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Case:
BGHZ 147, 145 Bundesgerichtshof (eleventh civil senate) XI ZR 157/00
Date:
20 March 2001
Note:
Translated German Cases and Materials under the direction of Professors P. Schlechtriem, B. Markesinis and S. Lorenz
Translated by:
Mr Raymond Youngs
Copyright:
Professor B.S. Markesinis

Facts:

The claimant limited company (GmbH) in liquidation demands from the defendant bank the reimbursement of sums from three cheques debited to its account. The following facts are the basis of this:

The claimant, which until its liquidation in 1994 operated as a building contractor, opened an account with the defendant on the 29th April 1992 for a building project. Only the witness K and the architect R acting together had control over this "special building account". At the time of the opening of the account, K was a shareholder and director of the claimant, after he had acquired the company shares of his fellow shareholder at that time (now the claimant's liquidator), who had thereupon given up his director's office. By a contract of the 18th September 1992 they both cancelled the contract for the transfer of shares, upon which the claimant's liquidator on the recall of K was again appointed as its director.

On the 7th May 1992, the architect R made out a cheque for 193,000 DM in the claimant's name, signed only by him, in favour of the notary Re, which the defendant cashed. The amount of the chegue was to pay off, via the notary's client account, a debt by the claimant of an equal amount for the remainder of the price resulting from a land transaction.

On the 1st March 1993 the witness K made out an undated cheque for 50,000 DM in the claimant's name, which the defendant cashed only after a written permission given by R. On the same day they both made out together a third cheque for 550,000 DM in the claimant's name which was likewise cashed by the defendant in spite of no date being given on it. At this point in time the recall of K as the claimant's director had not been entered in the commercial register.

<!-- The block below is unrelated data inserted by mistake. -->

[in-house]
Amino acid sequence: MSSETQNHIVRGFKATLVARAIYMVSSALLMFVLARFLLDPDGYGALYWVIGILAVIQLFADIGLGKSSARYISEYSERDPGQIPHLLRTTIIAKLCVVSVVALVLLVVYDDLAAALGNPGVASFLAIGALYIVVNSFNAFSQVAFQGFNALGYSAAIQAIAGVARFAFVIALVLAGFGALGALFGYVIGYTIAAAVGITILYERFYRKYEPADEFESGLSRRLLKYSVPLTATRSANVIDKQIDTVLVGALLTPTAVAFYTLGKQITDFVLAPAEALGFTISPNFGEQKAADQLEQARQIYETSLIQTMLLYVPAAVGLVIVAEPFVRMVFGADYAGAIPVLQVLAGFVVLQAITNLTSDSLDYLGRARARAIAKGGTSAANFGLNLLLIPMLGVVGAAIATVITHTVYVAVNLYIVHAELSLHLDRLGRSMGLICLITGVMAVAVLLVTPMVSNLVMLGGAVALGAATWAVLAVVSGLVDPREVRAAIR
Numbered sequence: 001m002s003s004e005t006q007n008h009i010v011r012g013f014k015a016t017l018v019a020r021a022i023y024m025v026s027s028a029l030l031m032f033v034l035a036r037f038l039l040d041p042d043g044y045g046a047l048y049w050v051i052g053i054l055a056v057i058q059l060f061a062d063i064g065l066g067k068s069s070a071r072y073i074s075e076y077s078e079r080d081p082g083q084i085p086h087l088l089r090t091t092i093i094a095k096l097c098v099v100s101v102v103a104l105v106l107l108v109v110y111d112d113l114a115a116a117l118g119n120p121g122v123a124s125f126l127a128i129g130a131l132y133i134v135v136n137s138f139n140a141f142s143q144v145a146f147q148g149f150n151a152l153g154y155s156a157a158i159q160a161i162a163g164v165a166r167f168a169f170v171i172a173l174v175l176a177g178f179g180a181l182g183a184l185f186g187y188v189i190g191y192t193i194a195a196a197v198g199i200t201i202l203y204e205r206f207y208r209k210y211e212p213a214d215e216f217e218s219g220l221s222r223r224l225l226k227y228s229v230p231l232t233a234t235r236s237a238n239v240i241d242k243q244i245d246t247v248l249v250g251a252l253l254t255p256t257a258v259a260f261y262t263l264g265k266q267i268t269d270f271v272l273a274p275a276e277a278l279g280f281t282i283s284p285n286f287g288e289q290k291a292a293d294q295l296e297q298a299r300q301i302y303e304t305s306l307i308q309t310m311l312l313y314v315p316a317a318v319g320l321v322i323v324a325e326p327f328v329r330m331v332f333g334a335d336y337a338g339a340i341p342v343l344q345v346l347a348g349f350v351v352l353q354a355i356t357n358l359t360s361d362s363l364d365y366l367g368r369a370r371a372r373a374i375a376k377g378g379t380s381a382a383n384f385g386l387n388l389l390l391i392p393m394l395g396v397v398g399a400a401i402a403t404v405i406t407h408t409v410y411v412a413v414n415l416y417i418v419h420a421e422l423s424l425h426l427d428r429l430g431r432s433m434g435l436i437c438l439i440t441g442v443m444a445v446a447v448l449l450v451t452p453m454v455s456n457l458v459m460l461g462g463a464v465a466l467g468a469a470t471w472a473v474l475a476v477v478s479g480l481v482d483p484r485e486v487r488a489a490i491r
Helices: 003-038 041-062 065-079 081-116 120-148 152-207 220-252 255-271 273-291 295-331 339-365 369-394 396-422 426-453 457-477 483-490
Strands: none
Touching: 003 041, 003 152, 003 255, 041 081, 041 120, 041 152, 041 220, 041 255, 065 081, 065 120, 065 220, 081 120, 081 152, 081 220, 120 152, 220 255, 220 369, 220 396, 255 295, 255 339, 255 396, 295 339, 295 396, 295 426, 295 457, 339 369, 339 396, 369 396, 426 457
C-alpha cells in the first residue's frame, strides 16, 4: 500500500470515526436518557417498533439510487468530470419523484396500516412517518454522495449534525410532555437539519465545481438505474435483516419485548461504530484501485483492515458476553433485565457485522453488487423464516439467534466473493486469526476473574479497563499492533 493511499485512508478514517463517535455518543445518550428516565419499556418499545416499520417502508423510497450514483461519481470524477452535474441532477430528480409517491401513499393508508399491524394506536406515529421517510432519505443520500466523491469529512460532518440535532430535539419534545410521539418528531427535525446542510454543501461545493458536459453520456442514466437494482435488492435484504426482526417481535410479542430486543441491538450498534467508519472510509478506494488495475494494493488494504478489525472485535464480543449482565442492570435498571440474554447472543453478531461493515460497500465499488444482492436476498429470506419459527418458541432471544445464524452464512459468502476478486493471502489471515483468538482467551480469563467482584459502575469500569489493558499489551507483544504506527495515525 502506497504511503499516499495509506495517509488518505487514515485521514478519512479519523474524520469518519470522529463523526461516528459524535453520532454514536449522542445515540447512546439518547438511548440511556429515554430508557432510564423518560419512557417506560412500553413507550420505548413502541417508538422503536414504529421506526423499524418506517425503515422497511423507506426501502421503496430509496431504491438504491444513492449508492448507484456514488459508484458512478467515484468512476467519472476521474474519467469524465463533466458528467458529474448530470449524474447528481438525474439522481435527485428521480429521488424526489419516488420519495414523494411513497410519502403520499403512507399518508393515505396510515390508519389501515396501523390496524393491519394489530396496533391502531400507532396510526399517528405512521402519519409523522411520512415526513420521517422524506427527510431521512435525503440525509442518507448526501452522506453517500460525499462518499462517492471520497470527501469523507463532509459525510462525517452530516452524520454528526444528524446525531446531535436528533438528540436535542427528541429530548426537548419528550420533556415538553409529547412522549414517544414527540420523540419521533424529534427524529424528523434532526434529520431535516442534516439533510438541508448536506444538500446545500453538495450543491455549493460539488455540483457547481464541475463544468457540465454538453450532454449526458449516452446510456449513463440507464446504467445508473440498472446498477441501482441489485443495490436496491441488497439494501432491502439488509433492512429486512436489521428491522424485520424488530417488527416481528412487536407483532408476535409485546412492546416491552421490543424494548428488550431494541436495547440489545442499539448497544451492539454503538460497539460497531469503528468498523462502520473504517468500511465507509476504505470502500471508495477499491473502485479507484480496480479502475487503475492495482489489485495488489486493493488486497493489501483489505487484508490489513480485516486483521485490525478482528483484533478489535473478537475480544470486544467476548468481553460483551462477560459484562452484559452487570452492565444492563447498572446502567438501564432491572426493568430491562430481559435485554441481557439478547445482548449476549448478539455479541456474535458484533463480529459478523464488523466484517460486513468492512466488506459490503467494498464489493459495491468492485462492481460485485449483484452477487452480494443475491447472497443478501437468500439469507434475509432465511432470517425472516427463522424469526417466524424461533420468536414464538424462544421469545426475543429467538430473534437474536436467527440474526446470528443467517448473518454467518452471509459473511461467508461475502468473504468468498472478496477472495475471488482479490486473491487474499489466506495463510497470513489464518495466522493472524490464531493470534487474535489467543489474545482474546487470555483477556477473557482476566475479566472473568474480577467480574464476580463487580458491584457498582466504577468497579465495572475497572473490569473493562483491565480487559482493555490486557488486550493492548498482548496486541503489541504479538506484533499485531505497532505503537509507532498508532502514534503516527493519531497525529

The claimant claims primarily: the cheques for 50,000 DM and 550,000 DM should not have been cashed by the defendant and the "special building account" should not have been debited. The witness K had not identified himself sufficiently as director on the opening of the account. His removal as director was already known to (or could simply have been recognised by) the defendant on cashing of the second and third cheques. In relation to the first cheque for 193,000 DM there was not even any effective declaration of instructions, as it had only been issued by the architect R, contrary to the joint agency rules, and it had not been approved by K.

The defendant sets off against the claimant's claim to repayment of the amount of the cheque of 193,000 DM a counterclaim for unjustified enrichment and gives as its reason, amongst other things: by the payment initiated by R alone in favour of the notary Re the remainder of the claimant's purchase price debt from the land purchase contract on which it was based had been paid off.

The Landgericht allowed the claim (aimed at replacement of the part sums of 10,000 DM each from the cheques for 193,000 DM and 50,000 DM as well as a part sum of 50,000 DM from the cheque for 550,000 DM) in relation to the first cheque for 193,000 DM and rejected it in other respects. After the claimant had widened its claim in relation to the first cheque in the appeal proceedings to 193,000 DM plus interest, the appeal court rejected the claim altogether. The claimant pursues its claim further by the appeal in law.

Reasons:

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II.

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3. The appeal in law correctly objects however to the fact that the appeal court has considered the claim which the claimant has under §§ 667 and 675 (1) of the BGB to crediting or repayment of the first cheque sum of 193,000 DM as extinguished on the basis of the set off declaration of the defendant. This view of the appeal court is based on the incorrect idea that a bank which acted on the basis of an instruction given only by a representative authorised by a joint agency has a claim based on enrichment against the holder of the account, if he actually owed the sum paid and the recipient of the payment did not know the lack of validity. A settlement in enrichment law must be carried out under these circumstances, in the absence of attributability of the ineffective declaration of instructions exclusively in the relationship between the bank and the recipient of the payment.